He followed Kliner's advice and took some water with a piece of salty shortbread for his breakfast. He had no appetite at first, but forced a few small bites of the bread along with a sip or two of water before his rebellious stomach began to rumble hungrily. There were few places to sit that weren't in the way of the crew, so he retreated to the stairs leading down into his room. He sat with his back to the open hatchway, listening absently to the sounds of the men as they worked.
Graven didn't make a sound as he approached from behind, and Sahm had no idea how long the Halfling had been there before he spoke. "They say there's a sea of sand in the far south. That true?"
Sahm sat up, suddenly and embarrassingly aware that he was no longer alone. He turned and glanced at Graven, who was perched nimbly at the top of the stairway. "The desert, yes," he answered.
"Does it shine like diamonds in the sunlight?" Graven asked. His voice betrayed his youth, but his question was painfully sincere.
"I suppose that is one way of saying it," Sahm answered. "It depends on the color of the sands. There are parts of the desert that are red, like the blood of some great giant."
Graven was obviously in awe of this description. "A giant died in the desert?"
"I have heard legends that say such things," Sahm replied, nodding slowly. "Other tales say that it was a great dragon's blood that was spilled upon the sands. None but the gods can say for certain."
"I would like to see these deserts," Graven declared.
"Perhaps you shall, someday," Sahm said. He wasn't quite sure what to think of Graven. He certainly wasn't like the hawk-eyed Halflings of his homeland, that was for certain. He seemed somewhat simple of mind, naïve at the least, though that could be a clever act. But to what end would such a deception be attempted? Sahm wasn't sure.
Graven's eyes, distant with the thought of crimson deserts, cleared suddenly. He looked at Sahm and asked, "Why are you leaving your home?"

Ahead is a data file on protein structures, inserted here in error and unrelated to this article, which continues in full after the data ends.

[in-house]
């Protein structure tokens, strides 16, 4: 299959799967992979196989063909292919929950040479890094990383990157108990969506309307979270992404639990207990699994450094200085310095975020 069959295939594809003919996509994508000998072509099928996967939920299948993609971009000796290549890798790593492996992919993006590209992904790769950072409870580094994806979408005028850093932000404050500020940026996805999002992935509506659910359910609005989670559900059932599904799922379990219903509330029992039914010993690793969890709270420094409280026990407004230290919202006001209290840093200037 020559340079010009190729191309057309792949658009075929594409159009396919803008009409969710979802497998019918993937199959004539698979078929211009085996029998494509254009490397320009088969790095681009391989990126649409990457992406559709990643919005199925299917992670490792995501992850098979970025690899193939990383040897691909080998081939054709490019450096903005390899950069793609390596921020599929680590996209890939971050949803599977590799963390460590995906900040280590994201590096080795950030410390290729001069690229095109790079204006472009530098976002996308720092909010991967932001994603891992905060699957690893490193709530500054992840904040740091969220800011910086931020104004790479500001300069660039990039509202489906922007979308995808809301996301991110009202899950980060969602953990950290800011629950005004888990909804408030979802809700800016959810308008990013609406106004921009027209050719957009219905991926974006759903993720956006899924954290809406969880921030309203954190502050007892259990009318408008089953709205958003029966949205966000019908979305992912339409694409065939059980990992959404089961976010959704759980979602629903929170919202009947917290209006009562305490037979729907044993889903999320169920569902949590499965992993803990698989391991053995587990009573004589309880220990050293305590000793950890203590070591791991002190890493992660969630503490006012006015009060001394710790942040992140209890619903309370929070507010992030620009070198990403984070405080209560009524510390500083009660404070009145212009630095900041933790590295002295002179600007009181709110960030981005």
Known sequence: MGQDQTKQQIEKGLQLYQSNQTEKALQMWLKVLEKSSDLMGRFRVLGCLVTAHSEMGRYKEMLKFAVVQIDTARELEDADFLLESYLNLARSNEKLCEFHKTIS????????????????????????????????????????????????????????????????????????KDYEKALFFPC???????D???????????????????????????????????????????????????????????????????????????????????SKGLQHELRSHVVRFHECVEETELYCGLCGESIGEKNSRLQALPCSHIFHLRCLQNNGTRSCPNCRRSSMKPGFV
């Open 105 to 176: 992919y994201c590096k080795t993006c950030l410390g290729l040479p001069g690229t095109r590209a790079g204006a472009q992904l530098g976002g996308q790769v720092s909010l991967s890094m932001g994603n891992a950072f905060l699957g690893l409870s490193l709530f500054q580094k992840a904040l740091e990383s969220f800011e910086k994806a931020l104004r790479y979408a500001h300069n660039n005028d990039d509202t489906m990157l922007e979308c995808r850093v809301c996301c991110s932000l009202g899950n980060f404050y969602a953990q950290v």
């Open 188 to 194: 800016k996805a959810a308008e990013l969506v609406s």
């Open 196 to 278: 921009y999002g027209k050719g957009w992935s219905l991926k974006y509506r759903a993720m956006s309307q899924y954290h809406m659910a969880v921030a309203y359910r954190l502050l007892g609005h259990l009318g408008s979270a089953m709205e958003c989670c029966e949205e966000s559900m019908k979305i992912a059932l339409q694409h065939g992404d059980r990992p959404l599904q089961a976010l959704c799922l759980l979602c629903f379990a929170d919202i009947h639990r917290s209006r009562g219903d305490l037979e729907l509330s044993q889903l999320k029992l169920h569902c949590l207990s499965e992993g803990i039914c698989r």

Sahm was taken aback by the question. Such a direct inquiry would be considered impolite in Uman, or anywhere else in the Southern Empire, for that matter. But he was no longer dealing with the more polite folk of his own lands, nor did he expect to for years to come. He had best get used to the rude ways of the northern folk, starting with Graven.
"I am seeking my fortune," Sahm replied guardedly. If the ship's crew learned that he was wanted in Uman, they may decide to turn the boat around and take him back. He doubted that the reward that was offered for him in the south was particularly large, but that would be little consolation if Kliner decided that it would make a nice addition to a profitable south-bound cargo.
The untruth went ignored by Graven, who leaned forward, his elbows propped up on his knees. "You have a fortune?"
Sahm chuckled. "Not yet, no. That is why I am seeking it."
A deep voice boomed across the deck. "Graven!" it called. "Where ya at, ya louse?"
Graven's eyes widened in horror. "Fallon!" he exclaimed. "He'll have my gizzards if he catches me loafin'!" The Halfling stood suddenly and scampered off, leaving Sahm to finish his paltry meal. The conversation had been a welcome distraction from his physical discomfort and the dismal thoughts that had haunted him since his conversation with Kliner.
(Special thanks to Stan! for the art. Thanks, Stan!!)